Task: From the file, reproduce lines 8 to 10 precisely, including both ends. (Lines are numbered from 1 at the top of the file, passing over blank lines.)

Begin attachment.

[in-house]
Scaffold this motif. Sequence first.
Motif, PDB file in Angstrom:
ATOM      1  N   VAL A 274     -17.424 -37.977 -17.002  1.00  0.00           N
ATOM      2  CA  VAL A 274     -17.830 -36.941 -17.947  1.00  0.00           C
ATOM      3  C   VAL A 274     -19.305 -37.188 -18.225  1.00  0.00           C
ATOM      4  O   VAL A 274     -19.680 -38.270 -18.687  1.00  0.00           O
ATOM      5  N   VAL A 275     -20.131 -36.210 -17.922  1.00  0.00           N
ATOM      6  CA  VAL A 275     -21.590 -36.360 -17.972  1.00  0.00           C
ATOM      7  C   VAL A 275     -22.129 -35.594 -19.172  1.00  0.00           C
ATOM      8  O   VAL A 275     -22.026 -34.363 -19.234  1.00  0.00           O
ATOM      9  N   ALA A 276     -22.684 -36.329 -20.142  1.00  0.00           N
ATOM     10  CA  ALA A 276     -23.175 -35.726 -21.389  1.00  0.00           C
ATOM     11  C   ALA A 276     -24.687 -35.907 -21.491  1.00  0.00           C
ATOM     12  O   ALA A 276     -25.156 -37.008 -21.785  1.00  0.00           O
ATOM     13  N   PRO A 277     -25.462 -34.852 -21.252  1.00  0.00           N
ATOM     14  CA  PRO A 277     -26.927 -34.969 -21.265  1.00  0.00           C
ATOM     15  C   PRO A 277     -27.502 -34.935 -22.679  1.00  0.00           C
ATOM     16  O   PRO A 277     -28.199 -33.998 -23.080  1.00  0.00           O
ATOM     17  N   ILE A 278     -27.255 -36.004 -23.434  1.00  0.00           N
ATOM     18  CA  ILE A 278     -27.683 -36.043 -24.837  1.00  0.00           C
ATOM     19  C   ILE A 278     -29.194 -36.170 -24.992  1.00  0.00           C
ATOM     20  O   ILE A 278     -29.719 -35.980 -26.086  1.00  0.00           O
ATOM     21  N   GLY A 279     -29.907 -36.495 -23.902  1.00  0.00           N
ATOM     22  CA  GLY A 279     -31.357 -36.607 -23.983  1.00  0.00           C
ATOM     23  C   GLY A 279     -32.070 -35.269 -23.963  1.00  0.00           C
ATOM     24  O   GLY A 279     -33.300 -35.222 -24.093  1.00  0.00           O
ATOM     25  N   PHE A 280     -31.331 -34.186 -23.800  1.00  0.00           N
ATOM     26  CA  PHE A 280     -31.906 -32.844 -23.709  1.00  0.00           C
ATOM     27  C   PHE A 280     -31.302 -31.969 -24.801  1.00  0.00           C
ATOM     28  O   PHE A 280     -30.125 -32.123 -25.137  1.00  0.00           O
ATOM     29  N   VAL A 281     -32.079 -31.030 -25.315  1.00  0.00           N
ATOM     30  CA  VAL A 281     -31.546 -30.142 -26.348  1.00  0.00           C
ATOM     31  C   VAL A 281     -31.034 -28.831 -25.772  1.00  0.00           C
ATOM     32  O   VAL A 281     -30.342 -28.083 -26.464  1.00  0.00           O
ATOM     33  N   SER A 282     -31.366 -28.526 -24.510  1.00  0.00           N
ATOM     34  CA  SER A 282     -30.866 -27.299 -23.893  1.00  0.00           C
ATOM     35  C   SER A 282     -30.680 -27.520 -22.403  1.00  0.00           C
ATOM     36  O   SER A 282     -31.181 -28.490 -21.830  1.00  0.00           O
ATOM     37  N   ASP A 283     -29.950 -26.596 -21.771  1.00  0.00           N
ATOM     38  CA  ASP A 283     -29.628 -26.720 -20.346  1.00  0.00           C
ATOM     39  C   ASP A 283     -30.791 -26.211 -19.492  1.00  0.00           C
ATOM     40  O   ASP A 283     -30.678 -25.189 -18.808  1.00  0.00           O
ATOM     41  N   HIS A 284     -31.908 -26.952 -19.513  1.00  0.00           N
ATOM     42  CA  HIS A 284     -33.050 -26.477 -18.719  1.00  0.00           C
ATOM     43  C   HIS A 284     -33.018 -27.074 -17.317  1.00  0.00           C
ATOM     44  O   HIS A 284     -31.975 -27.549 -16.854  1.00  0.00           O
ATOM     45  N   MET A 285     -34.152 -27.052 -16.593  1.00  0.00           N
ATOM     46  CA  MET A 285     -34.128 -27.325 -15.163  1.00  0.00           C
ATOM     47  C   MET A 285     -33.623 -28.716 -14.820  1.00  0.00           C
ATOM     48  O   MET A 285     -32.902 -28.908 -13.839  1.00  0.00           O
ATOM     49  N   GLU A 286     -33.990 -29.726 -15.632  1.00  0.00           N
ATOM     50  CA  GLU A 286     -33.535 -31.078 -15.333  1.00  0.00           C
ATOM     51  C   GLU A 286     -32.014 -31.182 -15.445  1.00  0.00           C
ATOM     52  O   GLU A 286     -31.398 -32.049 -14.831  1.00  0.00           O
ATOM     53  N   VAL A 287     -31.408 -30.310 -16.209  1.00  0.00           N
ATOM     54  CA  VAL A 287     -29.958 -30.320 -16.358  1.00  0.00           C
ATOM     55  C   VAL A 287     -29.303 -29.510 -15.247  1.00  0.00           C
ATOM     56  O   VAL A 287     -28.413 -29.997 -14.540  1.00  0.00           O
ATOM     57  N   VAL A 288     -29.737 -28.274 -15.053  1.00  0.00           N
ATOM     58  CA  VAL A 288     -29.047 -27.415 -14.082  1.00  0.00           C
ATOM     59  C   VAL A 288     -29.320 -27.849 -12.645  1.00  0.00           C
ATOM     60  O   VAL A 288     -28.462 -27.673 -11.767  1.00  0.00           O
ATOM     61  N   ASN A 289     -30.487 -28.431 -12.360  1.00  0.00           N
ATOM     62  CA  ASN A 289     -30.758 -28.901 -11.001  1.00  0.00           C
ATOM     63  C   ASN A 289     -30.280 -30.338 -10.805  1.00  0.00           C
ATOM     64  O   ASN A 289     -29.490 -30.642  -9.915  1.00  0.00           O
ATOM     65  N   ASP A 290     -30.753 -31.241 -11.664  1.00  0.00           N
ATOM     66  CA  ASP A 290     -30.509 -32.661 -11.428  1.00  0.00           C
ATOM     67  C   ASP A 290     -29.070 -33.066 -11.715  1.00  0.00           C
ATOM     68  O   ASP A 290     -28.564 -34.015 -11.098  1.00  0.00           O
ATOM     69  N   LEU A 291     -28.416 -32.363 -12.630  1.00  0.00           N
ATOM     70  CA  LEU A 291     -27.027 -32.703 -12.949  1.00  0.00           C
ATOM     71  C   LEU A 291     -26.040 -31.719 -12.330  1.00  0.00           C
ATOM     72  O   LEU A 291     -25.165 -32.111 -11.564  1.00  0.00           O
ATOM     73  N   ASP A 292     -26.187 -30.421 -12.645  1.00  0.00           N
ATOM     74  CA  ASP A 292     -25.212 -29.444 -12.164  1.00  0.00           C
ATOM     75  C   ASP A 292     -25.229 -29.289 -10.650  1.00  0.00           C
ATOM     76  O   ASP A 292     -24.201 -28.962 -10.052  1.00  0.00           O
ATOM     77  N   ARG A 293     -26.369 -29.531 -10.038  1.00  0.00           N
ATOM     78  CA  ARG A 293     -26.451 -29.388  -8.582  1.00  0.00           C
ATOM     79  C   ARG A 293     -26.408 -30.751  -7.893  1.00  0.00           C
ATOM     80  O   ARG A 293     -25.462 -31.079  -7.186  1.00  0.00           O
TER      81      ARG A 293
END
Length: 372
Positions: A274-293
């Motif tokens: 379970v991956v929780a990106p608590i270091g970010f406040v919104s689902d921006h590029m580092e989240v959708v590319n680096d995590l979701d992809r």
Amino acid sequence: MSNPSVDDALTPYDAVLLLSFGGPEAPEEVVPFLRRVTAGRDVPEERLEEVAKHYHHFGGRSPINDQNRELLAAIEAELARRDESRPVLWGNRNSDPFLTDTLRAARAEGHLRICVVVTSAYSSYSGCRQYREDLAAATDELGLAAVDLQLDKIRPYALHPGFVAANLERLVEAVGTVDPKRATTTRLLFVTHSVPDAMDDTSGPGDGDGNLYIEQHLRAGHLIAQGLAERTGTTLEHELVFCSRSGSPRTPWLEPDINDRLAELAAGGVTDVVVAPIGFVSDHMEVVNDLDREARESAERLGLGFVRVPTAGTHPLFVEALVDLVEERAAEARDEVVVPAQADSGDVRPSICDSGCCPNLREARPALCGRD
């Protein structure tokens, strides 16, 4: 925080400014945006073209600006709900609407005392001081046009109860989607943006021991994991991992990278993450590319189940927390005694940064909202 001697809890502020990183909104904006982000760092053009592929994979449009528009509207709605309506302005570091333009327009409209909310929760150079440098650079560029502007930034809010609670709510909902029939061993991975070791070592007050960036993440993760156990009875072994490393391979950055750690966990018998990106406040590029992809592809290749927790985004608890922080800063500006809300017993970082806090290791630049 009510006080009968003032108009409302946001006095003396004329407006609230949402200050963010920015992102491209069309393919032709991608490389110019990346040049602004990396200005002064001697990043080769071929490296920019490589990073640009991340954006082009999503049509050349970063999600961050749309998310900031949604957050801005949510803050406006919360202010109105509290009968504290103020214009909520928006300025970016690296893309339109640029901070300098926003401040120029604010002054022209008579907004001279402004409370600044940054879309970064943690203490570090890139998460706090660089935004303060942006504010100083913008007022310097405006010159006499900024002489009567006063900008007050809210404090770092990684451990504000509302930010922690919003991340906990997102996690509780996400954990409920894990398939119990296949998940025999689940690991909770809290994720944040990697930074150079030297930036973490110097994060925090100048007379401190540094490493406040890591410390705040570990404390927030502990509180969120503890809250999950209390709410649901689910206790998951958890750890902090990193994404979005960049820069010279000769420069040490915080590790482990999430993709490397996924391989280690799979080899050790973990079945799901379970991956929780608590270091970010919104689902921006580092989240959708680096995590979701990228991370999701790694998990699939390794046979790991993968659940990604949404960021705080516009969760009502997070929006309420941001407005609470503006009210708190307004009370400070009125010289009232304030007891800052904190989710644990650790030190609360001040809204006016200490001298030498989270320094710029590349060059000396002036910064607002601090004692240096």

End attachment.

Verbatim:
ATOM      5  N   VAL A 275     -20.131 -36.210 -17.922  1.00  0.00           N
ATOM      6  CA  VAL A 275     -21.590 -36.360 -17.972  1.00  0.00           C
ATOM      7  C   VAL A 275     -22.129 -35.594 -19.172  1.00  0.00           C